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The key terms used within the '''MotiveValidator''' and '''ValidatorDB''' environment are defined below. It is important to establish these terms before moving on to the description of the [[ValidatorDB:Principles | '''ValidatorDB''' principles]] on which , or [[MotiveValidator:Functionality | '''ValidatorDBMotiveValidator''' is functionality]] on which both validation tools are built.
We generally use the term ''residue'' to refer to any component of a biomacromolecule or a biomacromolecular complex. Within the '''ValidatorDB''' validation environment, a collection of atoms bound by chemical bonds (covalent, coordinative or ionic) can be considered a residue as long as this fact is appropriately indicated in the input PDB file. Specifically, all the atoms that make up a residue should have the same ''residue annotation'' (3-letter code) and ''residue identifier'' (index internal to the PDB file).
=Non-standard residue=
We use the term ''ligand'' to refer to a chemical compound which forms a complex with a biomacromolecule (e.g., sugar, drug, heme). Ions can also function as self standing ligands, or they can be part of a residue (such as Fe in heme). In the PDB format, a ligand has its own residue identifier and annotation (3-letter code), and is composed from HETATM records. The '''ValidatorDBvalidation''' term ''residue'' thus fully covers ligands.
'''ValidatorDB''' uses In the validation, ''molecules'' are used as an umbrella term for ''ligands and non-standard residues''. Therefore, all properties of ligands and non-standard residues are valid for molecules as well (PDB entry of origin, residue annotation, residue identifier, number of heavy atoms, properties assigned after the validation, etc.). Moreover, a single occurrence of a ligand or non-standard residue is also a ''molecule''.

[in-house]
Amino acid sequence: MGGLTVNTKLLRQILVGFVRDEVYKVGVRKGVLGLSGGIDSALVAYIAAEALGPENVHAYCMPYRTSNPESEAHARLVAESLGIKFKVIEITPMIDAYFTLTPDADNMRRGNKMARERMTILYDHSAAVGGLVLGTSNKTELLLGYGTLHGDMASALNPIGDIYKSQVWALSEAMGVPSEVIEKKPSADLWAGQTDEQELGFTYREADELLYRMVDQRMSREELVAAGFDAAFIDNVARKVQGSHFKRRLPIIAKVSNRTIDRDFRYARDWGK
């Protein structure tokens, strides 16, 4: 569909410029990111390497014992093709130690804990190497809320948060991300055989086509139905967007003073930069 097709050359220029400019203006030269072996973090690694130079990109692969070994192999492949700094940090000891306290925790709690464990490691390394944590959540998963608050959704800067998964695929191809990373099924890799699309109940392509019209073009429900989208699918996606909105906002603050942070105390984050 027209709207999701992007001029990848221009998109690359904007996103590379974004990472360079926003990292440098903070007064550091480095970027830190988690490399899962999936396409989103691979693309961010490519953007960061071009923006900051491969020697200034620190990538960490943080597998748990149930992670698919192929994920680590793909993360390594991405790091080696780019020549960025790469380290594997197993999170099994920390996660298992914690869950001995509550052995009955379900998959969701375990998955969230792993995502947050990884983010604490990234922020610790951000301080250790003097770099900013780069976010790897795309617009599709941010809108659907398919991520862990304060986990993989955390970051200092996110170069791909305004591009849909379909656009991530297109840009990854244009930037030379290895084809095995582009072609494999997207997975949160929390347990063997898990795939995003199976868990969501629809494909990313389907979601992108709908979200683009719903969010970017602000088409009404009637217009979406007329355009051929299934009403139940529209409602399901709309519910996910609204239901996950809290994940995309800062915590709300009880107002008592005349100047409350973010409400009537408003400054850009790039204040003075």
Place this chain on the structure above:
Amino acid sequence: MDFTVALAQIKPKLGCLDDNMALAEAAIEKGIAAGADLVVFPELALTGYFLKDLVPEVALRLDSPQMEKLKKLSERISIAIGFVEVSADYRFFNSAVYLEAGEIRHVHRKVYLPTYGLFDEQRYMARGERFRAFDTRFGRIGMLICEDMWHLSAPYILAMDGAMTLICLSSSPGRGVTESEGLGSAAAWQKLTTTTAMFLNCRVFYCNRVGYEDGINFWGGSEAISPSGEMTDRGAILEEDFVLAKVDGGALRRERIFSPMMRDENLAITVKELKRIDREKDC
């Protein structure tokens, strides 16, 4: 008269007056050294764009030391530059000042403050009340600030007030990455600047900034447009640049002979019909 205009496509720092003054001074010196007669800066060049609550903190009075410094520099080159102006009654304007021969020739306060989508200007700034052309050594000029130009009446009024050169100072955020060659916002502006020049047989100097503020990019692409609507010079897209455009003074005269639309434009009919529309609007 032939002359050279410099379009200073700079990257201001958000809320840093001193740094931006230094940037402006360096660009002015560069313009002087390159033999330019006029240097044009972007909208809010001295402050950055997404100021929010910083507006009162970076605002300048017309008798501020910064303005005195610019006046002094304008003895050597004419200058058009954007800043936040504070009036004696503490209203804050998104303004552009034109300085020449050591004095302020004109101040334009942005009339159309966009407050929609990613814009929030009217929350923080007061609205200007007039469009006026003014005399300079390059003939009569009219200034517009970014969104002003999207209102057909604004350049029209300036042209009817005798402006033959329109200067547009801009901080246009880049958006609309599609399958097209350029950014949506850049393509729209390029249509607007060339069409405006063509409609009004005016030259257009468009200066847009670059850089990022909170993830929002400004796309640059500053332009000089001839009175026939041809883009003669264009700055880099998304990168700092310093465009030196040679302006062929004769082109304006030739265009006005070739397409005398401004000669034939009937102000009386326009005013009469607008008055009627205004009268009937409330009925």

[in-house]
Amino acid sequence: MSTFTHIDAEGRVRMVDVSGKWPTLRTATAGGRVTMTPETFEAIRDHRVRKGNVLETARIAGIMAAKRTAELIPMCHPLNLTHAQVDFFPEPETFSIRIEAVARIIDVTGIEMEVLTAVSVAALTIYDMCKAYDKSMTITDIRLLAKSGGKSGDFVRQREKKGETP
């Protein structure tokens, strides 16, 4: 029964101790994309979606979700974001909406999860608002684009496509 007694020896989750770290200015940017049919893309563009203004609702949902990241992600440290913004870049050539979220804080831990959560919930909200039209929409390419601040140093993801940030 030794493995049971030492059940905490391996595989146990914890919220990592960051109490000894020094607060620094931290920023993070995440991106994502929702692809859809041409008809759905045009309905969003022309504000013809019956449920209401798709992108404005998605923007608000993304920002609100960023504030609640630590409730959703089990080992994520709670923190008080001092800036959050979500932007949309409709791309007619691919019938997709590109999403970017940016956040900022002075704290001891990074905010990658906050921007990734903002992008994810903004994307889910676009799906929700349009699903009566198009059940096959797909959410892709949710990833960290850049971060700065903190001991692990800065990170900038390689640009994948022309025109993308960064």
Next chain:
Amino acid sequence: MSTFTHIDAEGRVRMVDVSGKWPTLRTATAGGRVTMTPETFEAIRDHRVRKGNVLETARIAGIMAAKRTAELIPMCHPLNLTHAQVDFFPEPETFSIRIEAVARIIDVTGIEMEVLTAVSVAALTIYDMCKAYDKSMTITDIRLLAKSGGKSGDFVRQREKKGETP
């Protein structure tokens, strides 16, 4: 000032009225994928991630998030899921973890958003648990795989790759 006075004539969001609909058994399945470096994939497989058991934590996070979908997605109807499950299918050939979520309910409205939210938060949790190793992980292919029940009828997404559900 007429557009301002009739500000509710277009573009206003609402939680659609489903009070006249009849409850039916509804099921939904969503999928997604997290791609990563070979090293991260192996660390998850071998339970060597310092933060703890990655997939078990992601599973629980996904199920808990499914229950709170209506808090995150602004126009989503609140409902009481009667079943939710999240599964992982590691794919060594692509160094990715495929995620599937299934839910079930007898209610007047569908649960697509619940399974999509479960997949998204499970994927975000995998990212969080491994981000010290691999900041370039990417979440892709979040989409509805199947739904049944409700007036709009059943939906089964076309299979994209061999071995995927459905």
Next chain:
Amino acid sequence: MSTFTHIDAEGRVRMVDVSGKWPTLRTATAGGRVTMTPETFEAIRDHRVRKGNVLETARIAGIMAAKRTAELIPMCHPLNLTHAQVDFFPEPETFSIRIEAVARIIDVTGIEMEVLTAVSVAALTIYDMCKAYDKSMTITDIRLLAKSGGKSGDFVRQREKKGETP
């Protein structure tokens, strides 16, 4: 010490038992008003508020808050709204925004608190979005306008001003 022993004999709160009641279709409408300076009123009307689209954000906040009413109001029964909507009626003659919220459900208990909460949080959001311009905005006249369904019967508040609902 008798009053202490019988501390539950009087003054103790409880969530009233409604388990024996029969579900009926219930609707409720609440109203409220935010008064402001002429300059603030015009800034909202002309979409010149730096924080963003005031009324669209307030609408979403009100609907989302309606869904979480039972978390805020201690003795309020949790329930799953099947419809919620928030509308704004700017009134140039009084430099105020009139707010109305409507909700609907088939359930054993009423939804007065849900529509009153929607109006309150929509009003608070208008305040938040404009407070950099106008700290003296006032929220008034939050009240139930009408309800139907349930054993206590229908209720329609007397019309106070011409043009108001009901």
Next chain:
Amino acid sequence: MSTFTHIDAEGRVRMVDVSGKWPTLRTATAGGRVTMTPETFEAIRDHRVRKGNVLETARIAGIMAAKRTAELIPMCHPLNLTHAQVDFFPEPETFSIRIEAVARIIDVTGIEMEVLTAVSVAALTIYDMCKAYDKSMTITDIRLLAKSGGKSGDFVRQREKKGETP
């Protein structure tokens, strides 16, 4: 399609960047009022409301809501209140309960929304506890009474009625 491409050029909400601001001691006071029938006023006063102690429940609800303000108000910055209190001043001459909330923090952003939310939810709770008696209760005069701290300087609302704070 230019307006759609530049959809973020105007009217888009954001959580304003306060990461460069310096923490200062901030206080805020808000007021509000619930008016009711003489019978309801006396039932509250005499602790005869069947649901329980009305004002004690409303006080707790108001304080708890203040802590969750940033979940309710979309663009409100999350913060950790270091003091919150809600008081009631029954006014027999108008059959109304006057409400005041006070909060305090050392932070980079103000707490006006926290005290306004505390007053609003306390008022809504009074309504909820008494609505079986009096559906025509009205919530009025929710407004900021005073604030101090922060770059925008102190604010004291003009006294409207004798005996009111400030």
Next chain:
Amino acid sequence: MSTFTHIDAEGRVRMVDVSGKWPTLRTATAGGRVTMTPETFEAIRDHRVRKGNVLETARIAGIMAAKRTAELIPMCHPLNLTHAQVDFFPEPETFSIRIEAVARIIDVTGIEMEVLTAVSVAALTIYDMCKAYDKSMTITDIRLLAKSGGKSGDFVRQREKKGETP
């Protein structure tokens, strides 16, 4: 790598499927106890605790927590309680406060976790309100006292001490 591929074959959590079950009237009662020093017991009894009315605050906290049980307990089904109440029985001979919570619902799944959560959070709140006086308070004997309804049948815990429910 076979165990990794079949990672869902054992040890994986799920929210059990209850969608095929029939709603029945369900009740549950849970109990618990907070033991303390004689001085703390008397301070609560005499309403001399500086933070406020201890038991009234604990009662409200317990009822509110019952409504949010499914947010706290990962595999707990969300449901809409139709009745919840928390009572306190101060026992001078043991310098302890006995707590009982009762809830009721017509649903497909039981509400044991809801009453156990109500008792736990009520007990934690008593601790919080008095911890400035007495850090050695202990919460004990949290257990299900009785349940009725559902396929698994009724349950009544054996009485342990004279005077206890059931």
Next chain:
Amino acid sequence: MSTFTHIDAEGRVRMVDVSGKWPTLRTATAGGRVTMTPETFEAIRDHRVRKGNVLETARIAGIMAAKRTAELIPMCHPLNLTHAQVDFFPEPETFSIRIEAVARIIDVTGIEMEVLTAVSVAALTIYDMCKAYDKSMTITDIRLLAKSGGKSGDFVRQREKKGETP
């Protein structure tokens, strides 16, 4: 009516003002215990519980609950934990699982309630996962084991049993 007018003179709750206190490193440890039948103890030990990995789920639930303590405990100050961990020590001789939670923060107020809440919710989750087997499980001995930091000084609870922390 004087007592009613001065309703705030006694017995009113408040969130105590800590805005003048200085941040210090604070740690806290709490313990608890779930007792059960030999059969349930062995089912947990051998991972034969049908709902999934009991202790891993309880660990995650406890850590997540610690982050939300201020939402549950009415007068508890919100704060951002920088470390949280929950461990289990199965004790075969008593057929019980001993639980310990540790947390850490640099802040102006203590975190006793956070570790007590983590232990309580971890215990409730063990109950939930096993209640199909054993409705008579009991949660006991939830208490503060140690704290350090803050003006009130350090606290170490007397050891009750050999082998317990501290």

It is essential to note that '''[[ValidatorDB:UserManual | ValidatorDB''' ]] contains validation results for all ligands and non-standard residues containing ''7 or more heavy atoms''. These are denoted as ''molecules relevant for validation'', or simply ''molecules''. The reason '''[[ValidatorDB:UserManual | ValidatorDB''' ]] focuses on these types of molecules is that they exhibit high diversity and nontriviality in their structure.
We use the term ''model'' to refer to a particular structure that is known to be correct. This structure will then be used as reference in the validation process. A model is identified by its residue annotation (3-letter code). The origin of the models used both by '''[[MotiveValidator:UserManual | MotiveValidator]] and [[ValidatorDB''' :UserManual | ValidatorDB]] is the wwPDB Chemical Component Dictionary (wwPDB CCD)<ref name="Sen_2014"/>.
=Input motif=
The term ''motif'' is used here as a fragment of a biomacromolecule, biomacromolecular complex or ligand, made up ofone or more residues or parts of residues. Specifically, the term ''input motif'' refers to the individual molecule being validated, together with its surroundings (i.e., atoms from neighboring residues, within two bonds of any atom of the validated molecule). Each ''input motif'' in '''ValidatorDB''' is assigned a unique motif identifier during the validation based on its PDB entry of origin. On the other hand, the term ''validated motif'' (or ''validated molecule'') refers strictly to the subset of atoms in the ''input motif'' which were successfully mapped to atoms in the ''model''.
'''Continue with reading about the [[ValidatorDB:Principles | ValidatorDB principles]] used in ValidatorDB, [[MotiveValidator:Principles | MotiveValidator functionality]], or return to the [[ValidatorDB:UserManual | Table of contentsValidatorDB]], or [[MotiveValidator:UserManual | MotiveValidator]] manuals.'''  =References=<references><ref name="Sen_2014">Sen,S., Young,J., Berrisford,J.M., Chen,M., Conroy,M.J., Dutta,S., Di Costanzo,L., Gao,G., Ghosh,S., Hudson,B.P., et al. (2014) [ Small molecule annotation for the Protein Data Bank]. Database (Oxford)., 2014, 1–11.</ref></references>

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